Deb: Making Good on Regrets

My friend tells me he has no regrets. None. Not about anything that has happened. Not about anything he has done.

It sounds good.

I’ve already confessed to being basically happy, but I do have regrets – plenty, especially when it comes to my writing. There are so many ways to rationalize the should-haves and could- haves: failure to understand and follow the market; failure to treat the unfolding of my lifelong dream as a career; naivete of the everyday sort.

When I entered the second half of my twenty-year career in teaching, I began to get serious about writing. I took advantage of every opportunity to learn about authors, books, and crafts. Attending conventions of the National Council of Teachers of English, I’d sit in on every author talk in the schedule, surreptitiously scribbling notes about the writers and their craft instead of about how to teach the books. I took workshops. I read and read and read about writing.

After A Distant Enemy came out, I started speaking at conventions – even those big national ones – and I began teaching at workshops. I’d made it. I was there. Readers? I had my agent and editor. Learning from other writers? Now they learned from me. Workshops? Those were for beginners.

I hate to think of the opportunities I missed. I know now that good writers are never “there.” We’re always learning, always improving, always gathering new perspectives. That’s why, if I weren’t teaching the upcoming 49 Writers Workshop on Finding Your Voice, I’d be taking it.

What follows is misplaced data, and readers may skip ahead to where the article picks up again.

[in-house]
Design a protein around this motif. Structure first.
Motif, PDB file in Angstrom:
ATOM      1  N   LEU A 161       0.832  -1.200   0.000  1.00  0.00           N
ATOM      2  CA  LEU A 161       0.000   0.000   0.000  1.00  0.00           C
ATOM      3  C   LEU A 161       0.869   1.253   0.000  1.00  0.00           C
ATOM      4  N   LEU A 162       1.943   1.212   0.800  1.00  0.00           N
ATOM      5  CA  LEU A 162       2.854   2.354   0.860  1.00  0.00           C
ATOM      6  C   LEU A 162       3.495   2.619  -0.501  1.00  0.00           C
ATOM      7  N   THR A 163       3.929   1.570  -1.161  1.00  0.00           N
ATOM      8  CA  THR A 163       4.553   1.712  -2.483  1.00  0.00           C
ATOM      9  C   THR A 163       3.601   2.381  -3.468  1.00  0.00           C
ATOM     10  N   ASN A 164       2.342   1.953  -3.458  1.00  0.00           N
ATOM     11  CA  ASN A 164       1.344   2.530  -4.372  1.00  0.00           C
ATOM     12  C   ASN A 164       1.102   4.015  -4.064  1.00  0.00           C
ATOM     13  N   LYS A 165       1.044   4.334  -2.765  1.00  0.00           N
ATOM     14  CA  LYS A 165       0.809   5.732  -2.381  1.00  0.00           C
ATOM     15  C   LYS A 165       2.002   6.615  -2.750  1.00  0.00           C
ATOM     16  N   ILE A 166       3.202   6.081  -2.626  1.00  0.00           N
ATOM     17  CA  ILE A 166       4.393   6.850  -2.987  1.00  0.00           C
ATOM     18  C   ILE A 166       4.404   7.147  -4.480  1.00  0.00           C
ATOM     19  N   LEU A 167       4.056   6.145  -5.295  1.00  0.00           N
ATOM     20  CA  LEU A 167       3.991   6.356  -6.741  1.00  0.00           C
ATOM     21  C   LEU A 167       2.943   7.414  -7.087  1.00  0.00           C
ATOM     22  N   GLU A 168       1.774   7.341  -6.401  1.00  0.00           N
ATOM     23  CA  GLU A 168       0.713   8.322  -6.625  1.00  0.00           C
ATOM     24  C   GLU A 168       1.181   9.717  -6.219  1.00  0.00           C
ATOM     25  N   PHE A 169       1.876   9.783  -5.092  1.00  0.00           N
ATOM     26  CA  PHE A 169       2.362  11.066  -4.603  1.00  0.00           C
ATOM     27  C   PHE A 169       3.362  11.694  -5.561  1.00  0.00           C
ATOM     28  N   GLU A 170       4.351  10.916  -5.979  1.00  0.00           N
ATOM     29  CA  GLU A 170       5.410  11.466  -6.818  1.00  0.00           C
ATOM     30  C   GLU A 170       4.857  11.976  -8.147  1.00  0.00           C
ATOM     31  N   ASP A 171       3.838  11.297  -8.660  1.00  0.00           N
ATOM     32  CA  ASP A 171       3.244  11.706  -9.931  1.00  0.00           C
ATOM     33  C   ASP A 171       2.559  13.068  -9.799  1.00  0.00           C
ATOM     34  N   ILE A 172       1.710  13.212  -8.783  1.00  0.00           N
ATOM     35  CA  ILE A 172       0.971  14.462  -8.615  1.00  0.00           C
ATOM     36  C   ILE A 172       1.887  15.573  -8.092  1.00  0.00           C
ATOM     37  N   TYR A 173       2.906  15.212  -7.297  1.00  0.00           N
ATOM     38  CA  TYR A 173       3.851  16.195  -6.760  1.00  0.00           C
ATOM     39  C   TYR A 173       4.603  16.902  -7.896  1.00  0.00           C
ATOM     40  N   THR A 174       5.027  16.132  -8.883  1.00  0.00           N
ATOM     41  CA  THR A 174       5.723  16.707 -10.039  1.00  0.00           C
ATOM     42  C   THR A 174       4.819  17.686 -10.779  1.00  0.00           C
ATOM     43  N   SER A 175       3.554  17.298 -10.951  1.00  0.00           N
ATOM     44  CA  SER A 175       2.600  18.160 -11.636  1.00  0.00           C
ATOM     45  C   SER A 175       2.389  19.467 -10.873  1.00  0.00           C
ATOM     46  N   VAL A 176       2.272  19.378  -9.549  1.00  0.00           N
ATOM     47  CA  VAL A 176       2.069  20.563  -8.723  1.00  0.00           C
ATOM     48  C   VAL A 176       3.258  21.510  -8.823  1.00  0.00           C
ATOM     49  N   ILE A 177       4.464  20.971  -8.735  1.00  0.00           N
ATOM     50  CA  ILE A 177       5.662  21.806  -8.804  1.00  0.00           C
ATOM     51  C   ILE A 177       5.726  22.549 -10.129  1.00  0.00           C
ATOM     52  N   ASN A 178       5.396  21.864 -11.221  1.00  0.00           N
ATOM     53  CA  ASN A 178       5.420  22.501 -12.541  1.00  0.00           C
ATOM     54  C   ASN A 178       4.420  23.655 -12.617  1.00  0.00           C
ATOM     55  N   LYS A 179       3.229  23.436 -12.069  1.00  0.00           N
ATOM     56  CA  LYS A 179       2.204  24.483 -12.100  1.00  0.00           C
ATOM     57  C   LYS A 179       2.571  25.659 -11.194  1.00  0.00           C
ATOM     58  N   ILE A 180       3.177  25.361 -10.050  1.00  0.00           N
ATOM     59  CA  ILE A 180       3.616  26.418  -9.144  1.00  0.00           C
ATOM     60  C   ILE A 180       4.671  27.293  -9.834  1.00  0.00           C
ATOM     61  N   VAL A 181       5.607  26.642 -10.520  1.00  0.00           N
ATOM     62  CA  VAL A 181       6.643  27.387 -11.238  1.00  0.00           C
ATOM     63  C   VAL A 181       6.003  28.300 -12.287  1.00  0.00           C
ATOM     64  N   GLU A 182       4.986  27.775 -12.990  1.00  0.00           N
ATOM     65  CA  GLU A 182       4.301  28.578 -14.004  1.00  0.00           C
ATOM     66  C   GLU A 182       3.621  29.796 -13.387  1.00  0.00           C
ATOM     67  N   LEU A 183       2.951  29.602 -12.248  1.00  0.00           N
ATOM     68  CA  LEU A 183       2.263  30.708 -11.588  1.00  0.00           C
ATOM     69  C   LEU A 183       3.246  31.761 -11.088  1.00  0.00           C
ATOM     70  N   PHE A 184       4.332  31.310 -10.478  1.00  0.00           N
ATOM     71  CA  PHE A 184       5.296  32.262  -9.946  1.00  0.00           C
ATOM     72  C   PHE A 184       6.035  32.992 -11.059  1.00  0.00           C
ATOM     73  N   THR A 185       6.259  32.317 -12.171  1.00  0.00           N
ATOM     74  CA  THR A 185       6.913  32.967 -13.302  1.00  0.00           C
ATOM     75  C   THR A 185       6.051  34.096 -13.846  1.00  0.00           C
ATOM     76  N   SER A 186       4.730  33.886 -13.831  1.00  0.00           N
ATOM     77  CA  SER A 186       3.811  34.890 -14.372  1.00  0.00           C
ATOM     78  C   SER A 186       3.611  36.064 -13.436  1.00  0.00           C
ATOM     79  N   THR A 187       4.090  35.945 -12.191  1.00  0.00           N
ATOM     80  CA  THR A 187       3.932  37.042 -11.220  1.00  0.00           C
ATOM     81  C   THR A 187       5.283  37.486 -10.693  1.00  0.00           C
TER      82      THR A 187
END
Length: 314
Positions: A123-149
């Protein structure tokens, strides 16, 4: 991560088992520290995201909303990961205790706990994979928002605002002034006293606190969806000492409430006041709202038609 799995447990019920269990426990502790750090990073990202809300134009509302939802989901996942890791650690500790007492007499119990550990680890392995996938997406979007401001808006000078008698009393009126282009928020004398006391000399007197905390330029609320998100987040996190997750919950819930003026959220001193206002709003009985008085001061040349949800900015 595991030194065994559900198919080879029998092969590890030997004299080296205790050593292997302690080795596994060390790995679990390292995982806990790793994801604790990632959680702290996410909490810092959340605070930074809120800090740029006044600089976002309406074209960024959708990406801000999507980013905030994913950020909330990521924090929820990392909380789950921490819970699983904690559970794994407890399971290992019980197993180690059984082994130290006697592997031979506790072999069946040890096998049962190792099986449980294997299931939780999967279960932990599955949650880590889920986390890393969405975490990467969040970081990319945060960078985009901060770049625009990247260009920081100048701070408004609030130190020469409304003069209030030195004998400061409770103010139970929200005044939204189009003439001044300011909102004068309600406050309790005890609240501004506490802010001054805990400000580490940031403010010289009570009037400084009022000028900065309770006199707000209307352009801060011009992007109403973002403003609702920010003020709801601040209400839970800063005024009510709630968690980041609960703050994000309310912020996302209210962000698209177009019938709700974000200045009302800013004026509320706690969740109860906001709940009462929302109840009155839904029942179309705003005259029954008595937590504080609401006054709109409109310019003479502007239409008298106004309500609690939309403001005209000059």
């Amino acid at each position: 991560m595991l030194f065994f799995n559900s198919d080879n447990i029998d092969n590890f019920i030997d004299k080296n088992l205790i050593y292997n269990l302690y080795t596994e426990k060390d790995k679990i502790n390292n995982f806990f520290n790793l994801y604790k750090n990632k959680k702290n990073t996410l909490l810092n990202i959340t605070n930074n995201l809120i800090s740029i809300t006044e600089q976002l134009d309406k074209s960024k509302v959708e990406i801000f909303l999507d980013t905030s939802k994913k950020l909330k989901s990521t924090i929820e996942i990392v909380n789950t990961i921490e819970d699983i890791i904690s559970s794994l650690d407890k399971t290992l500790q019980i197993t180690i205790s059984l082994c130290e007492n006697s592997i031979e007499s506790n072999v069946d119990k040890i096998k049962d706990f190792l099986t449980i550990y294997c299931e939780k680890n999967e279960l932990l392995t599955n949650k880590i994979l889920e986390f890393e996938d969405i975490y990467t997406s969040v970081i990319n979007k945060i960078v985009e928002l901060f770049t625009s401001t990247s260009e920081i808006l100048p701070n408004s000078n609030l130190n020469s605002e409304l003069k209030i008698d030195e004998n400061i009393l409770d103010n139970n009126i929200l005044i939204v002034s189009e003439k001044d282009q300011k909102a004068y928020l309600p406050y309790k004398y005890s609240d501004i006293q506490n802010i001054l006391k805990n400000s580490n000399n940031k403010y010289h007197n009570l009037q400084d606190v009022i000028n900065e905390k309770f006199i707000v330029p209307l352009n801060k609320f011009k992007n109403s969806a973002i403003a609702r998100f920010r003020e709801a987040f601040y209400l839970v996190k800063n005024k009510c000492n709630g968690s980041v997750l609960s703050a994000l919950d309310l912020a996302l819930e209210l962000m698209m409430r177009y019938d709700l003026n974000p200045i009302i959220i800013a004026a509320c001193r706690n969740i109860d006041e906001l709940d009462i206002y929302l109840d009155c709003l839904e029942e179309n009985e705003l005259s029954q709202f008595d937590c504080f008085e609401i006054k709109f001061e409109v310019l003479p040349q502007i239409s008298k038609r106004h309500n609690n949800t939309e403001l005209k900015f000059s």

When I wrote my first and second novels, I thought little about voice. I wrote the story I saw in my head, and I liked how it sounded. Then I pubbed some books for younger readers, and because I could use fewer words to show the characters I envisioned, I paid more attention to voice. Now, I think about voice all the time. It’s partly a function of market: editors and agents, especially those working with children’s books, insist on strong voice. It’s also a function of my own maturation as a writer.

Andromeda and I have assembled a powerful collection of examples, ideas, and exercises to engage workshop participants on the topic of voice. Through our workshop planning, we’ve been exploring – sometimes debating – genuine questions like how voice differs from style (or does it?), why voice matters, where voice comes from, and what we can do when voice evades us. During the workshop, we won’t just expound. We’ll interact. Engage. And write.

More than most people I know, writers value their time. Our craft – our art – encompasses so many aborted beginnings, so many wrong turns. We squeeze our writing between so many demands, cheating it out of our days. We press on, mostly alone, determined to get it right, never knowing quite what that means.

We never have all the answers. But we have one another – for interaction, for dialogue, for guidance. If there’s a good workshop out there, sign me up. I’ve had enough of regrets.

2 thoughts on “Deb: Making Good on Regrets”

  1. Nice post Deb. I love workshops. It's inspiring to be around a group of writers hungry to learn and who love to write!

  2. I assume your friend is not a saint. So i must say he is either lying to you,in self denial,or he has no conscience. None of these "sound good."

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